Legality of Underglow Lights in Montana

Underglow lights are usually referred to as neon lights, but they can be LED or non-standard neon lights. They are fitted under the vehicle’s body, whether it’s a car, motorcycle or truck.

Car owners like it for the look of it, but motorcycle owners consider this to be a safety feature as it makes their bikes more visible.

And so that it doesn’t become a safety hazard on the streets, there are lighting laws in the US that differ from state to state. You will find them listed under “lighting requirements” of the motor vehicle code or general traffic laws.

So, if your question is, “Is underglow legal in Montana?,” well, the answer is yes, whether it’s LED or neon. And that’s important because, in some states, the laws vary for both types.

In this article, we’ll discuss the legality of underglow lights in Montana, along with any relevant restrictions that you need to know about.

Montana Laws for Underglow Lights

Modified 350z with red underglow

These lighting codes for every state are specified for different forms, colors and types to ensure that your accent lighting is not an inconvenience to others on the street.

In the state of Montana, not only is underglow lighting legal, but you are allowed to use both neon and LED lights.

The specifications are mentioned in Title 61 of the Montana Vehicle Code — chapter 9: Vehicle Equipment, under Part 2: Lighting Equipment and sub-section Additional Lighting Equipment, you will find all the relevant details.

Luckily for us all, there are clear and specific instructions about all kinds of lamps that you’re allowed to fix on your vehicle and this is what they say.

  • Light type: Decorative lighting is allowed in Montana but there are some restrictions. You can’t have rotating, flashing or pulsating lights that are not considered “hazard lights” on any vehicle. Decorative lighting that didn’t come from the manufacturer is not permitted on the license plate.
  • Size: There are no specifications on the size of the lamps, but there are restrictions on the colors, intensity, distance the lights are allowed to reach and sometimes the placement of these lights.
  • Permitted colors: Blue lighting is allowed only for vehicles related to emergency services and law enforcement. Clearance and marker lamps mounted on the front or sides near the front of the vehicle must be or reflect an amber color. The same is true for reflectors matching that description.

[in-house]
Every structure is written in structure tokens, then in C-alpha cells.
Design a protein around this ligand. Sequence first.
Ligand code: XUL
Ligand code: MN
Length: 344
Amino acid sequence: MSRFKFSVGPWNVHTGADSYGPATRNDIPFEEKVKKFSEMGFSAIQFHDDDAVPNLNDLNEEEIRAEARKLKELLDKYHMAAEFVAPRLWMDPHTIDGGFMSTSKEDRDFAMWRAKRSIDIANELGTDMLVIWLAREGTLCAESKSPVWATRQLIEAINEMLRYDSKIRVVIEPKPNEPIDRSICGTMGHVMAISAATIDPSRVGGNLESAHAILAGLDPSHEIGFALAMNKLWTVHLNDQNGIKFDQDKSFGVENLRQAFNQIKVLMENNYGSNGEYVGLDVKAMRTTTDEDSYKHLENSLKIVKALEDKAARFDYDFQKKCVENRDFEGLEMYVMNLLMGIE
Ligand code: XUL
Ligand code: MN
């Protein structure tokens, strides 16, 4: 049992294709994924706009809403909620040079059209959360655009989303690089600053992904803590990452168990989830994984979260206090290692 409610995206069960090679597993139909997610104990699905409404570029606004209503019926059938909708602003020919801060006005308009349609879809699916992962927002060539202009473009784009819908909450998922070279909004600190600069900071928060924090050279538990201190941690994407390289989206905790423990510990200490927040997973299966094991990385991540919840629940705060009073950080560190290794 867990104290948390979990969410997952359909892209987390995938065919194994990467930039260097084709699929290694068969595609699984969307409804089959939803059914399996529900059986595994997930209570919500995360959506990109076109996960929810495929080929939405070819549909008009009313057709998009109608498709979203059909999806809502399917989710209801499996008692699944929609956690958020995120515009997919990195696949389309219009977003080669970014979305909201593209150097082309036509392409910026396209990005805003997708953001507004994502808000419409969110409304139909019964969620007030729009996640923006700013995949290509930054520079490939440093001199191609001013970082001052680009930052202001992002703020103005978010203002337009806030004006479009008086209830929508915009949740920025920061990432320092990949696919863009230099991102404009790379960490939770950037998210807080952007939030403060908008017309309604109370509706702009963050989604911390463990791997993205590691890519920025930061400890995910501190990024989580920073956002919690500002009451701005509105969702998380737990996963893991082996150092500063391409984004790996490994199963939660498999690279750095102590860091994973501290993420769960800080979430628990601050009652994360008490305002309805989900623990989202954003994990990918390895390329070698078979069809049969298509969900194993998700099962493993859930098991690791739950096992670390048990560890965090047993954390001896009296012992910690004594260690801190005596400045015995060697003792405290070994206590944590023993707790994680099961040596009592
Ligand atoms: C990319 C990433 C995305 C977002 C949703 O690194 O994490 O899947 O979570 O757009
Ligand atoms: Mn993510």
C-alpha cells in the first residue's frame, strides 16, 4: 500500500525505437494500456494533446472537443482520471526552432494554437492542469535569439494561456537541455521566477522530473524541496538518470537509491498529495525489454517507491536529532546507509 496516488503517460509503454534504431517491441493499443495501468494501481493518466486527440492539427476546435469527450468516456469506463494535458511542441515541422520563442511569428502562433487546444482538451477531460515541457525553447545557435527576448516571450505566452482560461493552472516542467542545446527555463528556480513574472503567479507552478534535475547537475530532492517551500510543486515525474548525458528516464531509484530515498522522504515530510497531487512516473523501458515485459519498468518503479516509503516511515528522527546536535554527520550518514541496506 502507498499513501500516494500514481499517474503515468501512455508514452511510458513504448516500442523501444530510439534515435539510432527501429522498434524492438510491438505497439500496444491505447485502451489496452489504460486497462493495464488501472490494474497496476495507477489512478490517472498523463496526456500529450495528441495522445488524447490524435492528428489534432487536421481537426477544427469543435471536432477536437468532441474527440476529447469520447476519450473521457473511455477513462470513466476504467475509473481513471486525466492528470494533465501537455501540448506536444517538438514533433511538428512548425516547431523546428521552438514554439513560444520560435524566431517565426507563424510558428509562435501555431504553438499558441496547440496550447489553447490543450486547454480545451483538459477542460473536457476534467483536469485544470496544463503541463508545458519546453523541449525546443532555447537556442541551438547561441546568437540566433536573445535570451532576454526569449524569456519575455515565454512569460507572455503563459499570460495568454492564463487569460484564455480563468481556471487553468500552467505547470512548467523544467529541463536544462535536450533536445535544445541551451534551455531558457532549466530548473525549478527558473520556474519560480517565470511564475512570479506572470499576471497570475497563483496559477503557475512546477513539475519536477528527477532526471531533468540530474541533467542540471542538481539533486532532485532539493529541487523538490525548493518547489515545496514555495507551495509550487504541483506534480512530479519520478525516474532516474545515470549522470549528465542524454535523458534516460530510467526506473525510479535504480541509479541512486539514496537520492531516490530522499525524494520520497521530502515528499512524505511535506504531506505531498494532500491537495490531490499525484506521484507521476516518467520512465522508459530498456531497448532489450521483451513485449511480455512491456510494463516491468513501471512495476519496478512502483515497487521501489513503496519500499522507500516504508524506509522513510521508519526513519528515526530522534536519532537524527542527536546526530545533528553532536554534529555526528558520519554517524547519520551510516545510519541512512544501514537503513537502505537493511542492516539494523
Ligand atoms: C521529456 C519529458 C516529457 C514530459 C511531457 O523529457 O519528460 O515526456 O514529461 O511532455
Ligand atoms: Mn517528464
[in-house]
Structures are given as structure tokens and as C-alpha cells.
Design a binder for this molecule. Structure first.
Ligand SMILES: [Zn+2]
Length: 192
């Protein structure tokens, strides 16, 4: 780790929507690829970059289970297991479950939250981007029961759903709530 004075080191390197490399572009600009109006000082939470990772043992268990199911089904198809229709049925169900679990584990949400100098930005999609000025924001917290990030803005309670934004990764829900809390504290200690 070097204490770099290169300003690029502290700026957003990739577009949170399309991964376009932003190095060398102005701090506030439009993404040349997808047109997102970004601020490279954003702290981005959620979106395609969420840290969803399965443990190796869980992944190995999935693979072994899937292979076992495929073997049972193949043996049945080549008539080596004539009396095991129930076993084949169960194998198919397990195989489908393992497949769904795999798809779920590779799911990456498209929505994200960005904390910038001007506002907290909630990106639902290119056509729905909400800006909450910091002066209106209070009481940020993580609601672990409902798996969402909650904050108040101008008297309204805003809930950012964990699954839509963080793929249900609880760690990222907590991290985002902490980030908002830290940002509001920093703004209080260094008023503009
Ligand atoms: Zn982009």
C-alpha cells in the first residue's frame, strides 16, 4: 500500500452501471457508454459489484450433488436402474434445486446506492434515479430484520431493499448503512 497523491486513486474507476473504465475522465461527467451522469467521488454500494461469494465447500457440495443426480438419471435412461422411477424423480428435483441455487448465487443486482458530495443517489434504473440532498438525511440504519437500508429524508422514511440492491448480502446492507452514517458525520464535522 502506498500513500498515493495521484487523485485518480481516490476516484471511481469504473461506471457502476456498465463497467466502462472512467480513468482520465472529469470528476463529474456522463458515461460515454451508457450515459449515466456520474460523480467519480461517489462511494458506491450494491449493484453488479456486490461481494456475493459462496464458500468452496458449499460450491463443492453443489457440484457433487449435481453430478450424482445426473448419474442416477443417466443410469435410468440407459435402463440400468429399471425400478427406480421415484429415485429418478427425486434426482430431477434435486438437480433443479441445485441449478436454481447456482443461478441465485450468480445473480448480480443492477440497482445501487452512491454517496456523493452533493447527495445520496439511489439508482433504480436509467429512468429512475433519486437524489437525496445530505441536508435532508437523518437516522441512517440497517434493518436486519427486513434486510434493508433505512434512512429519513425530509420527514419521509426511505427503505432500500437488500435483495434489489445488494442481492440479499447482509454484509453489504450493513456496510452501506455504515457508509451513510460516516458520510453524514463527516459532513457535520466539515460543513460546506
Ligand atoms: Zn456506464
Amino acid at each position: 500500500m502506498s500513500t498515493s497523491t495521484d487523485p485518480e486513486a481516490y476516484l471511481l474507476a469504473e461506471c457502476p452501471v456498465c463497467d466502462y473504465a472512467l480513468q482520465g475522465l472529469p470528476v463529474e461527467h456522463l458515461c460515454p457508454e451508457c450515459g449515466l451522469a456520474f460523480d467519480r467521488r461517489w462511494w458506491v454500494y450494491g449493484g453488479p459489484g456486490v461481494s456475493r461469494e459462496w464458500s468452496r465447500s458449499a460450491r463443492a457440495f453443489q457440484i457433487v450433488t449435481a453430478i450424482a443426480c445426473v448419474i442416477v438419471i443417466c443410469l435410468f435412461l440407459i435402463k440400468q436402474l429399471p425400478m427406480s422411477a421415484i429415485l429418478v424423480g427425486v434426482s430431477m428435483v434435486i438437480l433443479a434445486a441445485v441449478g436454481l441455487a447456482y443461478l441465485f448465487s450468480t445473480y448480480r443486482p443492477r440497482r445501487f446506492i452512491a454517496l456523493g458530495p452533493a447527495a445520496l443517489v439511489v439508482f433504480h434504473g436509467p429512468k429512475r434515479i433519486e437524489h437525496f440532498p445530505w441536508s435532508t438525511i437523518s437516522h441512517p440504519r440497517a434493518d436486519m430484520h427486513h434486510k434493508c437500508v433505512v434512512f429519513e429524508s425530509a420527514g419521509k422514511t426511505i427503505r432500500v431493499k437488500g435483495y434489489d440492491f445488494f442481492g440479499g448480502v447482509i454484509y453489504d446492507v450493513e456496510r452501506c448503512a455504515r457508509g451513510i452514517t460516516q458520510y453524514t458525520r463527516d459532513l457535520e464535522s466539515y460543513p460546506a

• Clearance and marker lamps on the rear or sides near the back of the vehicle should be in or reflect a red color. But there are some exceptions. Lights, stoplights and reflectors on signal devices, according to 61-9-218 and on the license plate, can’t be red.
    • In fact, the light on your license plate has to be white. If it’s a motorcycle, red lights should not be visible from the front.
  • Intensity: This part of the law is for any illuminating device on a motor vehicle that is not a headlamp, spot lamp, turn signal light, emergency vehicle warning lamp, school bus warning lamp or auxiliary lamp.
    • The law states that if the beam intensity is more than 300 candlepower, the point of the highest intensity of that beam shouldn’t strike a vehicle that’s over 75 feet away from your motor vehicle.
Green underglow neon tubes

There are a few other things to note.

  • You’re allowed warning lamps as long as they are white or amber color.
  • You can’t have more than two fender or side cowl lamps that emit a white or amber light without glare.
  • You’re allowed only one running board courtesy lamp and it should also emit only white or amber light without glare.
  • You can’t have more than two backup lamps individually or in addition to the other lamps on your vehicle. And none of them should be lit when you’re driving the vehicle forward.

Montana allows LEDs and neon underglow lights, but they shouldn’t strobe or flash or rotate.

You can’t use blue lights since they are for law enforcement and emergency vehicles. The lights on your license plate should be white in color.

State of Montana Info

Flag of Montana

Situated in the Mountain West subregion of the U.S., Montana is popularly known for its various nicknames including Big Sky County, Land of the Shining Mountains, The Last Best Place and the Treasure State.

The state’s economy is predominantly agriculture based, which includes cereal grain farming and ranching. Tourism is one of the other important industries in the state.

Montana is home to various attractions such as Yellowstone National Park, Glacier National Park, the National Museum and the Little Bighorn Battlefield, which attract millions of tourists every year.

Population: 1.14 million
Capital: Helena
Registered vehicles: 925,854
Total lane miles: 150,446
Number of highways: 5

Wikipedia | State Website

Underglow Light Law Reference: Montana Legislature Title 61

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